- By John Kelso American-Statesman Staff
I’ve had bad luck with handymen. And I need one badly. I couldn’t fix a baseball game.
That’s sort of a Pete Rose Joke, OK? The guys who are talented with home repairs tell me they got their education from watching their dads fix things around the house. My dad was a forester, and smart, but he wasn’t the least bit interested in home fix-its.
When I was a kid he put up paneling in the basement. But apparently he didn’t do a very good job. Because when he went to work one day, my granddad, who was a master carpenter and used to build spars for clipper ships, took all the paneling down and redid it right.
So I had no role model to learn from.
I can run the washing machine and a vacuum cleaner. But I’m so weak at home repairs that when the kitchen sink got clogged a few years ago, my teenaged daughter got down on her hands and knees and fixed it. She knew how to get the job done. I hadn’t a clue.
Which is why I’m constantly on the lookout for a good handyman. I was starting to think it would be easier to find a bag of crack. If crack actually comes in bags. I wouldn’t know.
There was the handyman I hired a few years back whose painter dribbled dabs of paint on the walls and on my wife’s car. That was bad enough, but when we asked for him to cover the drips, he charged me for the extra work. If I remember right, it cost me an extra $500. I should have told him to put his paint brush where the sun don’t shine.
Then there was the old man who was trying to fit a loose piece of plastic onto my refrigerator. His granddaughter explained he liked being a handyman because it gave him something to do in his old age.
Well, he just couldn’t get the job done. It doesn’t fit, he said of the refrigerator part, looking at me as if I’d know how to help. Hey bozo, if I knew how to repair the refrigerator, I wouldn’t have hired you now, would I?
The same old man worked on the weather stripping on one of the doors. The result? It looks like a rat chewed on it.
Recently I thought I’d found a good one, a friend of one of my neighbors down here in Manchaca. This particular handyman had quite the background, to hear him tell it. But how much of this is true beats the heck out of me.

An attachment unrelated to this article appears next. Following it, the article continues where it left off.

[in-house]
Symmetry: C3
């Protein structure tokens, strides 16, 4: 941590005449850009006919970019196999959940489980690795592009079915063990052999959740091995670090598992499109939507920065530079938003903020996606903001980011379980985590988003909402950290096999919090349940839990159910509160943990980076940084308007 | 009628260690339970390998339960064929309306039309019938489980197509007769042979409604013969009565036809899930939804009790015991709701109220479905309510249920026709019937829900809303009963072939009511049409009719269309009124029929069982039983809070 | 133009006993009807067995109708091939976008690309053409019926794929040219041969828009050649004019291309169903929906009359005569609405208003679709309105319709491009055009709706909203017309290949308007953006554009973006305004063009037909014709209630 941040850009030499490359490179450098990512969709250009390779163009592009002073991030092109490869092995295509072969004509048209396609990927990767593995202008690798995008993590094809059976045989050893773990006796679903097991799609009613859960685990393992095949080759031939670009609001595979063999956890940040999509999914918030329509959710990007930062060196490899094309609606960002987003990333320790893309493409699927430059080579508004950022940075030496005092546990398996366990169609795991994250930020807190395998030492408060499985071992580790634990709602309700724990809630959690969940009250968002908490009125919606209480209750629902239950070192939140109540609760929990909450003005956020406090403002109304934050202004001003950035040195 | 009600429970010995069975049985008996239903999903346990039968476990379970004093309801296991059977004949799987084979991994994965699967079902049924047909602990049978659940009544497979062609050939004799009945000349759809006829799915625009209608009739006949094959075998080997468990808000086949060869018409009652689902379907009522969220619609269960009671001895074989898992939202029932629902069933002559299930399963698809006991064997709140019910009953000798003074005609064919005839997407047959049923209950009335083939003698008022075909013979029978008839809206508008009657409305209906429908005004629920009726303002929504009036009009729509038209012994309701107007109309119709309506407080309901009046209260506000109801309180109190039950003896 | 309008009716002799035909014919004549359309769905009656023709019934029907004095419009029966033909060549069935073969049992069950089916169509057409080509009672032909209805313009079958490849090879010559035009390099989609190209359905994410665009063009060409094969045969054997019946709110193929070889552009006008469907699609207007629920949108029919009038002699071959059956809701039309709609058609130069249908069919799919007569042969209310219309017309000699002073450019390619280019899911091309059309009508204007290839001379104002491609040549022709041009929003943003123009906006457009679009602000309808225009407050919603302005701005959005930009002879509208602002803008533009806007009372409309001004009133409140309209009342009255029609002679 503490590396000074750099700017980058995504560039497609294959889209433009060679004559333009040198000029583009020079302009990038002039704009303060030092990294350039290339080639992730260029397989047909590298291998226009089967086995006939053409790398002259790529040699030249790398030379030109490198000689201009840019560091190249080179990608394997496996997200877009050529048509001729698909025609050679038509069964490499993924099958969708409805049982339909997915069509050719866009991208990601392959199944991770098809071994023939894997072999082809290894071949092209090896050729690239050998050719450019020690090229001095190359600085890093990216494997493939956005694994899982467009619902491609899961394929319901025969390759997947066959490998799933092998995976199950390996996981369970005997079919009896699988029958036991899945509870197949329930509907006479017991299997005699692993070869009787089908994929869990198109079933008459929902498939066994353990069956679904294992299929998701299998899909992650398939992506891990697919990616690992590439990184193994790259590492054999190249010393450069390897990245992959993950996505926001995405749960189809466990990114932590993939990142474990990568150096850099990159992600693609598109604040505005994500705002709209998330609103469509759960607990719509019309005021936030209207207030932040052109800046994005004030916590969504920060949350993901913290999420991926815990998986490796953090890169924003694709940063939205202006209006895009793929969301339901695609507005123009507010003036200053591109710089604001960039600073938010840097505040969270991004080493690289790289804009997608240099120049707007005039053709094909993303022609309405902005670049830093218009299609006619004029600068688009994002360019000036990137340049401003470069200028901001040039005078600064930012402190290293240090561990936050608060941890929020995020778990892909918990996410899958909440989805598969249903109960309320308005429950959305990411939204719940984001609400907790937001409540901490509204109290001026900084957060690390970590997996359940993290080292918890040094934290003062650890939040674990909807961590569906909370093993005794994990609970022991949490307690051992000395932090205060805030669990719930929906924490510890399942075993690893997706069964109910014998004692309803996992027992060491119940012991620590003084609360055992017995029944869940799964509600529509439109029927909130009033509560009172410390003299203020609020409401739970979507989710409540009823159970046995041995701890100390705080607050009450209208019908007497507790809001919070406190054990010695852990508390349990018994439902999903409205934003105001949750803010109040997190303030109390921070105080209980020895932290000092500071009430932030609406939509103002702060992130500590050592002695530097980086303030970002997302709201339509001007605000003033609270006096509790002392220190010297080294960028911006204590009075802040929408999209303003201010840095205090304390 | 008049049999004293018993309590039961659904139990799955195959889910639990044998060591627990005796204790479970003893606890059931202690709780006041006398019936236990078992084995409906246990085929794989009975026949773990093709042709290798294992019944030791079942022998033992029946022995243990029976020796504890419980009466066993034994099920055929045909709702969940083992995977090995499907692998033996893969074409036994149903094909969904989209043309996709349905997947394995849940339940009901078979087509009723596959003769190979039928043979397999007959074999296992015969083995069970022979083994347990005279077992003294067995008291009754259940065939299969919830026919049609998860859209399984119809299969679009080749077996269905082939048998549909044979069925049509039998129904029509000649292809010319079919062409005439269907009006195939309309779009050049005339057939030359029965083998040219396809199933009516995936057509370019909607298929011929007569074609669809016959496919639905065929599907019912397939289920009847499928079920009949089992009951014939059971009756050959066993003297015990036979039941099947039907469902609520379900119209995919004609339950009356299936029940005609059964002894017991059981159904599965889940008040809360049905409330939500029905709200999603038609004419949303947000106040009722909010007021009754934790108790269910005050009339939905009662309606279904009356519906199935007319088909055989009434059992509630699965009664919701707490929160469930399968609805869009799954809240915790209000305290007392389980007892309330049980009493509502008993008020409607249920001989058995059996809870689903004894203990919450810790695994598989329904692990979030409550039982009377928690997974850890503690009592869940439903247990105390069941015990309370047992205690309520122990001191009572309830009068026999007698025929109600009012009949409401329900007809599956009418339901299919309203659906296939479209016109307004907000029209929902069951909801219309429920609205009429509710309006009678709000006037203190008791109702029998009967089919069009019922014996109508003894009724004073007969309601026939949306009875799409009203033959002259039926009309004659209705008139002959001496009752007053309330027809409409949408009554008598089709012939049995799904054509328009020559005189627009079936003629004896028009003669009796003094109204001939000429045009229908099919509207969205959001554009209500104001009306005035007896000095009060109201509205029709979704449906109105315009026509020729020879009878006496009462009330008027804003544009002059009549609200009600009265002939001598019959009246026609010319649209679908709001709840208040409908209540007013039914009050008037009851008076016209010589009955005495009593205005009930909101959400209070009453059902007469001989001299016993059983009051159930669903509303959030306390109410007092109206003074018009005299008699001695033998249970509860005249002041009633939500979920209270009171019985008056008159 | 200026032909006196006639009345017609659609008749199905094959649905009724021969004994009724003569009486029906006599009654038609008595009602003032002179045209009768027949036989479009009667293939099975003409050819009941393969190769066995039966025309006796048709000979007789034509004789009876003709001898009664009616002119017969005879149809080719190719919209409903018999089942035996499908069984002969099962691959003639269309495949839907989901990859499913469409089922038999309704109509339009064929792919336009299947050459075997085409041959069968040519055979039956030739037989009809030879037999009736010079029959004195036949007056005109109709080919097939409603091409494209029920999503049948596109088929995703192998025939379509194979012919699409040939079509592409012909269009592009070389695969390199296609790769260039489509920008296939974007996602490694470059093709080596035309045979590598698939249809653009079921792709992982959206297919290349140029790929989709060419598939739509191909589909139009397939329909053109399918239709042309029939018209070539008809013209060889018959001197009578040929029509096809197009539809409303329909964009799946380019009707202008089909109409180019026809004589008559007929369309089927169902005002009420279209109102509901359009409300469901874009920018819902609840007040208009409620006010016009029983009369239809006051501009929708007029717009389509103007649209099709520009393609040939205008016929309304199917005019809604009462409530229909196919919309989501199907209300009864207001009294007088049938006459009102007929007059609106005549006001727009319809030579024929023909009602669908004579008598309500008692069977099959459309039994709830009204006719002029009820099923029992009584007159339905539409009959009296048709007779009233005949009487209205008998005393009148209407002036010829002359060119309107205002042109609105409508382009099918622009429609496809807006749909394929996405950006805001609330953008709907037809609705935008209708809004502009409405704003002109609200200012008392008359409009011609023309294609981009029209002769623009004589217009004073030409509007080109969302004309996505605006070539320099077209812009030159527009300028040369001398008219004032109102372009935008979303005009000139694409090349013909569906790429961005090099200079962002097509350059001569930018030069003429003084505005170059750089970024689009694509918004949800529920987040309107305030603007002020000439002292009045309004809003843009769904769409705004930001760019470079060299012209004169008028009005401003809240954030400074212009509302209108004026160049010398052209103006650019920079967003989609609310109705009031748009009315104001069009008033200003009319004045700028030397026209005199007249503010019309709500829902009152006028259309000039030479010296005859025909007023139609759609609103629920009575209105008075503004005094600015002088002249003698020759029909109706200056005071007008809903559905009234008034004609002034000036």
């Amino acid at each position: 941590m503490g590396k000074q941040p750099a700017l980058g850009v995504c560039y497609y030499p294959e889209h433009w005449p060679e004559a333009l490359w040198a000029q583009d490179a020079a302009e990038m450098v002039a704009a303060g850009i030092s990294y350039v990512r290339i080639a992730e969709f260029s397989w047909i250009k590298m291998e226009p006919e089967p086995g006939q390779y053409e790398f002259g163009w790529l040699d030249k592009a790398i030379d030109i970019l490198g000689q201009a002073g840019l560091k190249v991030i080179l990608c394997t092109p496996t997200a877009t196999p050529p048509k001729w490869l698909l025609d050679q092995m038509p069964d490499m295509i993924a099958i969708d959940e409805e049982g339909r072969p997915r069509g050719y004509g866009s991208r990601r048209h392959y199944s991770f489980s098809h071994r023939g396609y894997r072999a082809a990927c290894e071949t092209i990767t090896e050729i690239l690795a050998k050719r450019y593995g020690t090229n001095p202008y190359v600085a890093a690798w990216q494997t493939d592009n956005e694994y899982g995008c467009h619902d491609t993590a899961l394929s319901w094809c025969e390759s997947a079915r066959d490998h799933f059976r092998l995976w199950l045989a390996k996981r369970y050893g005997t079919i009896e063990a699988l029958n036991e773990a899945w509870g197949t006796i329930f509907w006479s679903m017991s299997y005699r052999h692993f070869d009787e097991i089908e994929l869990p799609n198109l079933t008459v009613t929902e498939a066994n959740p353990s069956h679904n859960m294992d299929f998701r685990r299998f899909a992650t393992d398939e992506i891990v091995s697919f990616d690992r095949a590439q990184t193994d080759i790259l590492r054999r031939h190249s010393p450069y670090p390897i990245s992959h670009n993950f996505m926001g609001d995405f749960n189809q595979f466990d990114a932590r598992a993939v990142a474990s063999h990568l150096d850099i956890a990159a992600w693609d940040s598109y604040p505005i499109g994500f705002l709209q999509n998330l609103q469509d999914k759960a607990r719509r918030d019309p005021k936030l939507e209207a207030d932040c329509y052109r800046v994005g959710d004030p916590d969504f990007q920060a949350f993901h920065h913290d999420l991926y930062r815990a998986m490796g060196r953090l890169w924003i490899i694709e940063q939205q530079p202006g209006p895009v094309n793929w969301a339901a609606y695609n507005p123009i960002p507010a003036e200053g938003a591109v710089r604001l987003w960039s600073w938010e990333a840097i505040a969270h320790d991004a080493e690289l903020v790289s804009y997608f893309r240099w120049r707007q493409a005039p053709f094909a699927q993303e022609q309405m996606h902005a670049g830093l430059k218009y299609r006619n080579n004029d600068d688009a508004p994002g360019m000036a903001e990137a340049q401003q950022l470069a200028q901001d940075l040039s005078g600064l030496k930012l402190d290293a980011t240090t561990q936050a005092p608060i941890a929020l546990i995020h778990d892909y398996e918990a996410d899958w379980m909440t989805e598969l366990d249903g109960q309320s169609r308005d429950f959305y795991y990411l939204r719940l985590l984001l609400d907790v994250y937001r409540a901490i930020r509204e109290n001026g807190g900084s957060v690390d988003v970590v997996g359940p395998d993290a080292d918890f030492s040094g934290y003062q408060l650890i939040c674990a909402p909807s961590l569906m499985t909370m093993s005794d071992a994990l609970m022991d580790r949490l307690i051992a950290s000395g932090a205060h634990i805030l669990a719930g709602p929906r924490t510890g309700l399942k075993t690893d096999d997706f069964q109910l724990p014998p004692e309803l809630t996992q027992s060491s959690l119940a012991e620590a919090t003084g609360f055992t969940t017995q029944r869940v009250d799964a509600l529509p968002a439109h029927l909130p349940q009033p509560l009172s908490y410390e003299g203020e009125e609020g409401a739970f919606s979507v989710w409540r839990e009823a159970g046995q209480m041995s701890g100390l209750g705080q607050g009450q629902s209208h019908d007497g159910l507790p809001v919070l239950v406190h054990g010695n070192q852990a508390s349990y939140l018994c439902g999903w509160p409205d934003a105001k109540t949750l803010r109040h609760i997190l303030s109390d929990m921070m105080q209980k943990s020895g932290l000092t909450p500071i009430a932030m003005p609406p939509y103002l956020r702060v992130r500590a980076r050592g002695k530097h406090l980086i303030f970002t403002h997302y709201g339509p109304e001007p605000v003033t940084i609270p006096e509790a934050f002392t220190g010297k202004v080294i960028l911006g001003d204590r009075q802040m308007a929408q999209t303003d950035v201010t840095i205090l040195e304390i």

He said he had three degrees from the University of Texas, including one in chemical engineering; had a roofing company and a cabinet shop; served for a few years as a state trooper; worked at Sematech as a microcontamination specialist/ engineer; and was an accomplished trumpet player who performed in the UT marching band and played gigs at Al Hirt’s club in New Orleans.
Interesting, but I just wanted to know if he could turn a screwdriver.
So I asked the guy, now in his 50s, if he could patch up a hole in the living room wall behind my banjo clock, fix some lose molding in the kitchen and repair our roof, which has some funky shingles.
“Yes sir, with both eyes tied behind my back,” he said. Inventive. Most guys would have said hands.
This guy defines busy. At UT, he even worked out with the football team but didn’t make it onto the squad. Says he couldn’t hold onto the ball.
“I was an overachiever that needed outlets to keep from throwing water balloons at city buses or tying fishing string to empty purses sitting in the street waiting for a passing car to come along, stop to get the purse only to have it dance away from them,” he said of his younger days. “A real OCD poster child that Ritalin would have fueled instead of medicated.”
So he came over to my house a few times, fixed some molding in the kitchen and rehung a door so it wouldn’t stick. But mostly, he sat around near the kitchen while my wife, Kay, fed him lunch.
Oh, well, I give up. Maybe someday I can get him to play something on his trumpet.